Viscose is made from wood pulp, making it a cellulosic fibre, like cotton or linen. It is often regarded as only partially man made. Viscose jersey has a soft drape made up of about 95% viscose and 5% elastane. It has a cool feeling with a smooth slightly shiny finish and is often used for tops and dresses requiring a soft drapey finish.

Linen Knit

Linen knit is breathable and lightweight with a softer drape than typical linen material. Adding elastane to the linen gives it the stretch that is not found in standard linen fabrics. It great for tops, t-shirts, and dresses.

Bamboo Jersey

Bamboo jersey is eco-friendly and responsibly sourced. Bamboo has a hollow fibre making it more absorbent than cotton and wicks moisture away from the skin faster keeping you dry. The bamboo fibres are mixed with Lycra or spandex to give it the stretchy properties. It has a similar feel to cotton jersey and is good for sportswear, T-shirts and kid’s clothes

Knit Fabrics

This term means fabrics either knitted or warp-knitted by machine which covers the fabrics already described. However, generally on fabric sites the term knit fabrics often refers to fabrics that appear more like those used for traditional looking jumpers and cardigans like rib knit, cable knit, plain knit etc It offers the chance to make your own ‘knitted’ items but much faster than knitting by hand.

French Terry

This fabric has a smooth face with a looped back giving it a slightly fleece like feel. It is slightly heavier than normal T-shirt jersey and easy to sew making it good for beginners to jersey. It has moisture wicking absorbent qualities so It works well for lighter weight sweatpants and hoodies and is great for kids clothes, babygros and bibs.


The outside looks like most jersey fabrics but has a fuzzy inside and is thicker. It is usually made from cotton or polyester or a mix often with some spandex to give a better stretch and recovery. Those with a higher proportion of cotton are more breathable and softer against the skin. The loops ( the fuzzy underside) was originally designed to absorb sweat hence the name. It’s good for hoodies, joggers and kids clothes.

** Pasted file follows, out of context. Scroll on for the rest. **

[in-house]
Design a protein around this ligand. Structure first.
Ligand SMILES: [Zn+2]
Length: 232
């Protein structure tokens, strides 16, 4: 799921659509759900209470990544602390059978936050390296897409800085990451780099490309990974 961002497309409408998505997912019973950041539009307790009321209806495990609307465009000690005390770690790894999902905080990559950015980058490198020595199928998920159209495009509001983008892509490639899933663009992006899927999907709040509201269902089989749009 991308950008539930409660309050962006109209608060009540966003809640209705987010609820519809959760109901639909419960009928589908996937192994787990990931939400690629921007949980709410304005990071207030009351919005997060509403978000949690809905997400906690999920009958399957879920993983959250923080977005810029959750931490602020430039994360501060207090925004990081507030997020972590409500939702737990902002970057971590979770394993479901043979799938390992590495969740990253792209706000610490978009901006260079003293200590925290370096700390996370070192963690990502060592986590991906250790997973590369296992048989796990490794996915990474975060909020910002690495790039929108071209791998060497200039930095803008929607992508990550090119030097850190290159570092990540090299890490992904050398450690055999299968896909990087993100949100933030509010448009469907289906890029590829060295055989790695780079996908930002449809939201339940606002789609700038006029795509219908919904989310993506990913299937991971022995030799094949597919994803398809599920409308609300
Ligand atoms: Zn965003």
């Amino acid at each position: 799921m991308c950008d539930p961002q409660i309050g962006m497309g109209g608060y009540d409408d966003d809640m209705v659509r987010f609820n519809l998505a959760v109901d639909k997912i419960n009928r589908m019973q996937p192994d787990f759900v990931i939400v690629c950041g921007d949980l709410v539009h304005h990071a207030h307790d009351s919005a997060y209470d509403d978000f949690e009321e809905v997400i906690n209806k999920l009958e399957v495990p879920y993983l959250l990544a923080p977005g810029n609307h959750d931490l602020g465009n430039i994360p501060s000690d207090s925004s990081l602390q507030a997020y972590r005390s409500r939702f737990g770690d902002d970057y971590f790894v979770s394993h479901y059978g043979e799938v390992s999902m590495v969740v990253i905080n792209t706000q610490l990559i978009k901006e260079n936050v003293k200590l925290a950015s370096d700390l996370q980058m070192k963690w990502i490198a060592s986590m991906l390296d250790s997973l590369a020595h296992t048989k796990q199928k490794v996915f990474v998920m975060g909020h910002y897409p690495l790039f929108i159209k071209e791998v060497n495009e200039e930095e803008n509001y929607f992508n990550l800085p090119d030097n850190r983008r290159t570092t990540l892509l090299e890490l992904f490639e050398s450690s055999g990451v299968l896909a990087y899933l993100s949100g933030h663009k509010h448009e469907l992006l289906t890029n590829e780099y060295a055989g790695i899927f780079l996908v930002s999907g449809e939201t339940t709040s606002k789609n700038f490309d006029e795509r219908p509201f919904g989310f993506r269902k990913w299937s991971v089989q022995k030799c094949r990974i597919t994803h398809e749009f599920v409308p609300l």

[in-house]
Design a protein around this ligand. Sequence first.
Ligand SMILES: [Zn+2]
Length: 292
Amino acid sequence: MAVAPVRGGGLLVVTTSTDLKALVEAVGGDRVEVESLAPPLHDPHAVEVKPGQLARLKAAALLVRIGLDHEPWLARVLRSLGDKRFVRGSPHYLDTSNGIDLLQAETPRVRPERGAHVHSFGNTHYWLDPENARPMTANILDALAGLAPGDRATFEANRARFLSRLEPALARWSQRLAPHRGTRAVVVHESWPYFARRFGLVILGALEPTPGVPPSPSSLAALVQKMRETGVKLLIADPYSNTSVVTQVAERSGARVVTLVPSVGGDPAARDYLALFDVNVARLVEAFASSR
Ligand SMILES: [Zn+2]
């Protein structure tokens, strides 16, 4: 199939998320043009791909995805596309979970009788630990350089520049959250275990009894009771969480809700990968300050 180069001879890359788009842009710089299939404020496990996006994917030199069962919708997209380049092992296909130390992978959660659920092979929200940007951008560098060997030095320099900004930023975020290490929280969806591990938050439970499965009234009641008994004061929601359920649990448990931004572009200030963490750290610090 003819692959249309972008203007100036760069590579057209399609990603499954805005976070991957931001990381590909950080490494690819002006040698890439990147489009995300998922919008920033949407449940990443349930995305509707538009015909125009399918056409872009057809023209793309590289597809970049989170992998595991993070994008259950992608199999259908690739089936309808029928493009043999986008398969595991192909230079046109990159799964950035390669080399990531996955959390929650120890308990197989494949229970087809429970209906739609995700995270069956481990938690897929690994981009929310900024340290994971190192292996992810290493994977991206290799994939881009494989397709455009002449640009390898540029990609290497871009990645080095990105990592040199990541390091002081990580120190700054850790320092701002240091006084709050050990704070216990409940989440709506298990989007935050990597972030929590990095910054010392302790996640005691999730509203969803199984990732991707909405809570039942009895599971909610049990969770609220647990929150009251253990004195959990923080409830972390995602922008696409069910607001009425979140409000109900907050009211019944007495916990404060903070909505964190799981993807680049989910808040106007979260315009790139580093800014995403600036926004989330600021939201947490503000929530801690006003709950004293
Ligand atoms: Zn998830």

Polyester jersey

This is a synthetic fabric so doesn’t have a natural feel to it. It is more wrinkle and stain resistant, fades less, is long lasting and durable. It is less absorbent than cotton and other natural fabrics and some polyester fabrics can feel clammy against the skin in hot weather. It is lightweight with a slightly silky feel.

Ponte di Roma/Ponte Roma

This is a stable double-knit fabric and is not as stretchy as other jerseys. It can be made from various mixes of yarns. Classic Ponte Roma has identical sides, so you can sew with either. Double face Ponte Roma has different patterns/colours on the two sides. This can allow you to get creative with contrasting accents to your garment. It’s great for dresses, skirts, tops, cardigans and jackets and doesn’t crease at all.


Scuba is a double knit polyester and spandex and has good stretch and recovery. It is made from a fine gauge thread normally with a smooth texture, however, you can also get scuba crepe which is similar to traditional lycra but with a textured finish. It can be used for sportswear,leggings, jackets and bodycon form fitting dresses.

Happy Jersey sewing! Please do let us know if you decide to give it a go. We would love to see what you make...